THE HANGRY HANGRY HOSPITALIST: PROTOTYPING ACCESSIBLE NUTRITION AS A RESILIENCE STRATEGY

Mary Anderson, MD*1;Patrick P. Kneeland, MD1;Eric Martin, MD2;Read G. Pierce, MD1;Lindsay Thurman, MD3 and Jennifer Weiskopf, MD4, (1)University of Colorado Anschutz Medical Campus, Aurora, CO, (2)University of Colorado, Aurora, CO, (3)University of Colorado School of Medicine, Aurora, CO, (4)University of Colorado, AURORA, CO

Meeting: Hospital Medicine 2017, May 1-4, 2017; Las Vegas, Nev.

Abstract number: 53

Categories: Innovations Abstracts, Other

Keywords: , ,

Background: Hospitalists experience high rates of burnout.  Little is understood about the best way to address hospitalist well-being and resilience in the workplace.  User-centered interviews at our institution identified inadequate access to nutritious food as one of several barriers to a rejuvenating hospitalist experience.  Despite a cafeteria with flexible hours and healthy options, interviewees cited distance from work areas, cost, and patient demands as barriers to eating regular, nutritious meals.  Recent evidence suggests that poor workplace nutrition is common among physicians and can impair emotional and physical well-being and cognitive performance.

Purpose: Provide readily available nutrition to hospitalists.

Description: A hospitalist-led taskforce applied user-centered design processes to generate solutions that would transform the clinical workplace into a space that fostered and promoted rejuvenation.  Several iterations of direct observation and empathic interviewing identified a lack of available nutrition as a significant barrier to hospitalist wellness within our 80-person academic hospitalist group.  Based on that insight, a nutrition station was designed for the main hospitalist clinical workroom, consisting of nutritious snacks such as snack bars, fruit, yogurt, and cheese provided at no charge.  Initial feedback was overwhelmingly positive, as providers noted improved morale, increased productivity, healthier food choices, and decreased “hunger anxiety.”  Participants generally viewed the nutrition bar as validation of their hard work.  Iterative prototyping cycles with clinicians assessed willingness to pay out-of-pocket, as well as location, quantity, and type of food.  At the end of the design cycles, 37 of 45 respondents (82%) agreed or strongly agreed that ready access to nutrition made their day happier and healthier and improved the quality of care that they provided.  These findings resulted in a successful formal budget proposal to hospitalist leadership and the implementation of a permanent nutrition station in the hospitalist workroom.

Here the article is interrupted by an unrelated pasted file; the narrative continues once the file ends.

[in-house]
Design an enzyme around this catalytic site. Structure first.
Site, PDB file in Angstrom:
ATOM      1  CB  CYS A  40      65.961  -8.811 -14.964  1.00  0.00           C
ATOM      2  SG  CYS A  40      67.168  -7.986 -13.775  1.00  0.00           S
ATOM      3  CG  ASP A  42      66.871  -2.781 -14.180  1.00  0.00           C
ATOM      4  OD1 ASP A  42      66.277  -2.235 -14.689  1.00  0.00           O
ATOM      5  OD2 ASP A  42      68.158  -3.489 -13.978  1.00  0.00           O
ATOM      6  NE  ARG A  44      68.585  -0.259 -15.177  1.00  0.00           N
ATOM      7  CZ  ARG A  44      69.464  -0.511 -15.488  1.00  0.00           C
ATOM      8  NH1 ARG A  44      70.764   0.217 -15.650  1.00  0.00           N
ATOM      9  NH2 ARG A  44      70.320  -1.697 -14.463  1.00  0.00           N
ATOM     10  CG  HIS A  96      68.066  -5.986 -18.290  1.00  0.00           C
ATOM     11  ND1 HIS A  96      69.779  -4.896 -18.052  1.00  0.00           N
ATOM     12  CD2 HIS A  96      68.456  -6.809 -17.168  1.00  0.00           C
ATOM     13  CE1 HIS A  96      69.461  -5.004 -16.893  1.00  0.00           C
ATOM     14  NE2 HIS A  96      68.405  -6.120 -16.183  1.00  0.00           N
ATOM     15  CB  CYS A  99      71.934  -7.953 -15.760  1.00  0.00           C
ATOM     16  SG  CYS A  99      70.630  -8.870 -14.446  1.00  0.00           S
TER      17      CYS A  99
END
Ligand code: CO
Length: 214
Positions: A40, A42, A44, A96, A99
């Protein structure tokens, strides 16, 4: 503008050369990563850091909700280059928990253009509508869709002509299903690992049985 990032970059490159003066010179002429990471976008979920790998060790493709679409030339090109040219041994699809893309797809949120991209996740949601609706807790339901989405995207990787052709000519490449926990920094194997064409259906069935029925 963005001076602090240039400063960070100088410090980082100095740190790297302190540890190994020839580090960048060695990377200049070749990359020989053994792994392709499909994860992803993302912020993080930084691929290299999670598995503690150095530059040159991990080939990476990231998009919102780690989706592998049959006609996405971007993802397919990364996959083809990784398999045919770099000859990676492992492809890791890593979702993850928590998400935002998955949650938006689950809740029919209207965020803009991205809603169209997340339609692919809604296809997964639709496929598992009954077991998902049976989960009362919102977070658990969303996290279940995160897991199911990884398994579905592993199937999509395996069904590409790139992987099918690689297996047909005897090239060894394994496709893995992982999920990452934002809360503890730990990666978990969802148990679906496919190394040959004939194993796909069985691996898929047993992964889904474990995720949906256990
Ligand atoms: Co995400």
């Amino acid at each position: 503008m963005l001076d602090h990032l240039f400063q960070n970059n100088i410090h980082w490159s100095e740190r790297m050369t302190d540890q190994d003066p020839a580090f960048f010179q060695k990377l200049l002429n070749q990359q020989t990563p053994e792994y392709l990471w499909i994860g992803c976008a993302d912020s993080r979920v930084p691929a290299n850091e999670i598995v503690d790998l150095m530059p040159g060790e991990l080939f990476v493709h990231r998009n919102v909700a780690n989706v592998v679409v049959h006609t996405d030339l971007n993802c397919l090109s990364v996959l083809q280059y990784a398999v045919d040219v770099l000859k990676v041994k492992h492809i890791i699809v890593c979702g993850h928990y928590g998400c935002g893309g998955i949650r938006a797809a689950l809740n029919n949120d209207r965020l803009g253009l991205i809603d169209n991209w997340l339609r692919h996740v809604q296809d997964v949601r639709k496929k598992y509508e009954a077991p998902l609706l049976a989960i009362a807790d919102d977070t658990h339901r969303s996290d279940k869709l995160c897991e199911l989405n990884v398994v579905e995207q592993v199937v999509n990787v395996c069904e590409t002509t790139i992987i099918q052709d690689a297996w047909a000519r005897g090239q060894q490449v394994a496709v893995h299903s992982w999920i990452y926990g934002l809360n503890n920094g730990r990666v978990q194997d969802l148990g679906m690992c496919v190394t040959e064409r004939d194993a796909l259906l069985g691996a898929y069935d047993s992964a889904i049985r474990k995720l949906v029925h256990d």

Conclusions: While there are multiple components to physician wellness, ready access to nutrition is one factor that can promote hospitalist well-being and resilience.  Rapidly iterative design cycles can be used to engage hospitalists in generating nutrition solutions that require minimal resources.  Engaging end-users throughout the design process provides benefits that are typically absent in top-down solutions.

To cite this abstract:

Anderson, M; Kneeland, PP; Martin, E; Pierce, RG; Thurman, L; Weiskopf, J . THE HANGRY HANGRY HOSPITALIST: PROTOTYPING ACCESSIBLE NUTRITION AS A RESILIENCE STRATEGY. Abstract published at Hospital Medicine 2017, May 1-4, 2017; Las Vegas, Nev. Abstract 53. Journal of Hospital Medicine. 2017; 12 (suppl 2). https://www.shmabstracts.com/abstract/the-hangry-hangry-hospitalist-prototyping-accessible-nutrition-as-a-resilience-strategy/. Accessed July 22, 2019.

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